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Thomas Wentworth Higginson, Massachusetts in the Army and Navy during the war of 1861-1865, vol. 2 17 17 Browse Search
Frederick H. Dyer, Compendium of the War of the Rebellion: Regimental Histories 11 11 Browse Search
Rev. James K. Ewer , Company 3, Third Mass. Cav., Roster of the Third Massachusetts Cavalry Regiment in the war for the Union 8 8 Browse Search
The Daily Dispatch: December 3, 1861., [Electronic resource] 5 5 Browse Search
Col. O. M. Roberts, Confederate Military History, a library of Confederate States Military History: Volume 12.1, Alabama (ed. Clement Anselm Evans) 4 4 Browse Search
Horace Greeley, The American Conflict: A History of the Great Rebellion in the United States of America, 1860-65: its Causes, Incidents, and Results: Intended to exhibit especially its moral and political phases with the drift and progress of American opinion respecting human slavery from 1776 to the close of the War for the Union. Volume II. 3 3 Browse Search
Benson J. Lossing, Pictorial Field Book of the Civil War. Volume 2. 3 3 Browse Search
Comte de Paris, History of the Civil War in America. Vol. 2. (ed. Henry Coppee , LL.D.) 3 3 Browse Search
Rebellion Record: a Diary of American Events: Documents and Narratives, Volume 3. (ed. Frank Moore) 2 2 Browse Search
Harper's Encyclopedia of United States History (ed. Benson Lossing) 1 1 Browse Search
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Browsing named entities in The Daily Dispatch: December 3, 1861., [Electronic resource]. You can also browse the collection for December 2nd, 1861 AD or search for December 2nd, 1861 AD in all documents.

Your search returned 5 results in 5 document sections:

Legislature of Virginia.Senate. Monday December 2d 1861. The Senate met at 12 o'clock. Prayer by the Rev. Dr.Sehon. The roll was called, and no quorum being present the Senate adjourned until Tuesday at 12 o'clock.
The Daily Dispatch: December 3, 1861., [Electronic resource], Proceedings of the enemy on the Eastern Shore. (search)
House of Delegates. Monday. December 2, 1861. The House was called to order by Mr. Willoughby Newton, of Westmoreland, and, on his motion, Mr. Wm. F. Gordon was elected Clerk without opposition. Election of Speaker. Mr. James Barsour, of Culpeper, nominated Mr.James L. Kemper, of Madison, for the office of Speaker; and, there being no other nomination, he was unanimously elected. General Kemper was conducted to the chair by Messrs. Barbous, of Culpeper, and Newton, of Westmoreland. In his address, the Speaker gracefully acknowledged the honor of which he was the recipient, and of the responsibilities of which he was justly sensible. He paid a touching tribute to the memory of the last incumbent of the chair. Hon. O. M Crutchfield, now numbered with the dead; and, in conclusion, alluded to the peculiar circumstances under which the House was now assembled, in the midst of which the old Common wealth stood unterrified, determined to summon all her sons, if need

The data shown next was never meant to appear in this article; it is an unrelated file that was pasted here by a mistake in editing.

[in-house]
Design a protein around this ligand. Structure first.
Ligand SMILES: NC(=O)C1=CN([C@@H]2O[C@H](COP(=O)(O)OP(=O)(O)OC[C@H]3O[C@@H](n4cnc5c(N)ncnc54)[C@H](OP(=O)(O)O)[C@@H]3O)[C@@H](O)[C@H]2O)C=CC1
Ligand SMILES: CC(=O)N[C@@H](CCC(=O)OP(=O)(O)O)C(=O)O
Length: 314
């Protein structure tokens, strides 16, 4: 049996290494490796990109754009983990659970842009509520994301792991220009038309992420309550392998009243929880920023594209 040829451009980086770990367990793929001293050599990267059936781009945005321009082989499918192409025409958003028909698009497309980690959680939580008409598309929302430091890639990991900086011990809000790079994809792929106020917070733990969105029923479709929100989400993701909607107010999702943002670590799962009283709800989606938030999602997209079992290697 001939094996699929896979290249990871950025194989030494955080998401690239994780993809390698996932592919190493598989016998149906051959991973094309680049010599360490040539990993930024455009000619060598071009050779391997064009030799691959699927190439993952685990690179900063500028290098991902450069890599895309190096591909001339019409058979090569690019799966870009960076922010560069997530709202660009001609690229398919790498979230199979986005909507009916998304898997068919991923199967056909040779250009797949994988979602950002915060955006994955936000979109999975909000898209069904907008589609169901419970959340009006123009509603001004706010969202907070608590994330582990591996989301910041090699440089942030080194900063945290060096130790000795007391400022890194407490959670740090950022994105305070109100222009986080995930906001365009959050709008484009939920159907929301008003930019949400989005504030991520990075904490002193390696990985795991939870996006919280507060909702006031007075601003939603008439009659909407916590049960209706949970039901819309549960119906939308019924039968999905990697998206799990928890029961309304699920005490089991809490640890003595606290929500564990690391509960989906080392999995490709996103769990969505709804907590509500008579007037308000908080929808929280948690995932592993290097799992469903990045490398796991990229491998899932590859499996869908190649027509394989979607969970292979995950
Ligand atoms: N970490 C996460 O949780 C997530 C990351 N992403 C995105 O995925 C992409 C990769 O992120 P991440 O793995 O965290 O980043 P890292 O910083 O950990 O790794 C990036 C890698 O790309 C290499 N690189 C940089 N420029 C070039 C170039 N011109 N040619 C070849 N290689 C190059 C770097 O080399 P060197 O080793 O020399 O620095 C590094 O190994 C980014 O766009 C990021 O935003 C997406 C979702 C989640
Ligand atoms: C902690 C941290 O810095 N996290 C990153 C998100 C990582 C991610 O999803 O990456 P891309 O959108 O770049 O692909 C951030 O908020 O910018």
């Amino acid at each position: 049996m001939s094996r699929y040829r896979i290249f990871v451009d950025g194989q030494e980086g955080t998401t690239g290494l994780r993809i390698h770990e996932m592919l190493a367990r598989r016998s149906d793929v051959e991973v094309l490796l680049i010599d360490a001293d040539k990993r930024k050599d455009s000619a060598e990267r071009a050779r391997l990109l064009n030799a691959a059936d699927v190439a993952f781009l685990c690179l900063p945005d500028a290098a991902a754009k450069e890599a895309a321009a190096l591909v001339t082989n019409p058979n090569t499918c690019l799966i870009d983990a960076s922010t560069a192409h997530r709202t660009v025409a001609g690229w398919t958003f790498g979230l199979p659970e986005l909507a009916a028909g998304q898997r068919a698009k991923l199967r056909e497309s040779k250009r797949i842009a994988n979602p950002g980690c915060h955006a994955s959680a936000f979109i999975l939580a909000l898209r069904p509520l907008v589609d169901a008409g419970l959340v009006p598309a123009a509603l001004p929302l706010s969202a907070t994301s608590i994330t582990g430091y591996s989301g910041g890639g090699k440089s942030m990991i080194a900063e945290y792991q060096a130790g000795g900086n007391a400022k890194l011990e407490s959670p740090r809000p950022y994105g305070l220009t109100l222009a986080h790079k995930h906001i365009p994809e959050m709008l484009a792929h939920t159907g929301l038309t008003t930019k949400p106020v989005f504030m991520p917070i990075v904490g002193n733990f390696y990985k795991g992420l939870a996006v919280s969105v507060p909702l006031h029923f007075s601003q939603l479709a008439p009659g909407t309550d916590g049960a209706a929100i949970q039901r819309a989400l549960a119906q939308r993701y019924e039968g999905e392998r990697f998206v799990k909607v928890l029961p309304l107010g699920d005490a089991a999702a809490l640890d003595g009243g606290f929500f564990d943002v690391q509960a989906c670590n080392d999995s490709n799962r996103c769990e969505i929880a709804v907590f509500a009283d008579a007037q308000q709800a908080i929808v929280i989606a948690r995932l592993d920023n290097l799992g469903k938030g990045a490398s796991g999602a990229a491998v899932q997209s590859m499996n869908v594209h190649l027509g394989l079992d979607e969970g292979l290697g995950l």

State Convention. Monday. Dec. 2, 1861. The Convention was opened with prayer by the Rev. Mr. Spurlock, delegate from the county of Wayne. Recess. On motion of Mr. Staples,the Convention resolved to take a recess daily, from half-past 11 o'clock A. M., to 7 o'clock P. M. The militia. On motion of Mr. G. W. Randolph, it was Resolved. That the ordinance reorganizing the militia be communicated to the Governor and that he be respectfully requested to cause the enrollment and organization therein provided, to be proceeded with as speedily as possible, and that he shall inform the President of the Confederate States of such organization, and tender to him the services of such portion of the militia as may be needed. Officers of corporations. The Convention resumed the consideration of the proposed amended Constitution, the pending question being on the adoption of the independent section offered by Mr. G. W. Randolph on Saturday. It was amended and
From Norfolk. engagement between the Confederate steamer-patrick Henry and the Federal fleet off Newport Plues — Damage to the fleet — the Queen Sisters,&c. [special Correspondence of the Dispatch] Norfolk, Dec. 2d, 1861. This morning, at an early hour, very heavy cannonading was distinctly heard here. Commencing at five o'clock, the firing continued with great rapidity until 8 o'clock. I have ascertained that there was a naval engagement of considerable severity at the mouth of James River, off Newport News. The Confederate steamer Patrick Henry came down the river and opened a terrible fire upon the Federal fleet, consisting of the frigates Congress and Cumberland, and four gun-boats The fight progressed with great activity for three hours, but the result is not yet known. I learn, however, that one of the gunboats withdrew from the action as if she had been badly crippled. She succeeded, however, in getting entirely out of the line of the firing, and finally
Gov. Letcher's Message. Executive Department, December 2, 1861. Gentlemen of the Senate and House of Delegates:--Since the adjournment of the General Assembly on the 4th day of April last. Virginia has withdrawn from the Federal Union, and has resumed her sovereignty as an independent State. The reasons which impelled her to the adoption of this course are numerous, and are ample to justify her action. It is sufficient to state that the government which our forefathers established was a government of-freedom and equality — that it has been subverted, and its aims and objects defeated. Free will and the consent of the governed were the great principles lying at its foundation. They never entertained the idea that one section of the country was to be held by subjugation under the dominion of the other. Their own history had shown that they had freed themselves from unwise and unjust legislation, from coercion and subjugation, by their revolutionary struggle — the noblest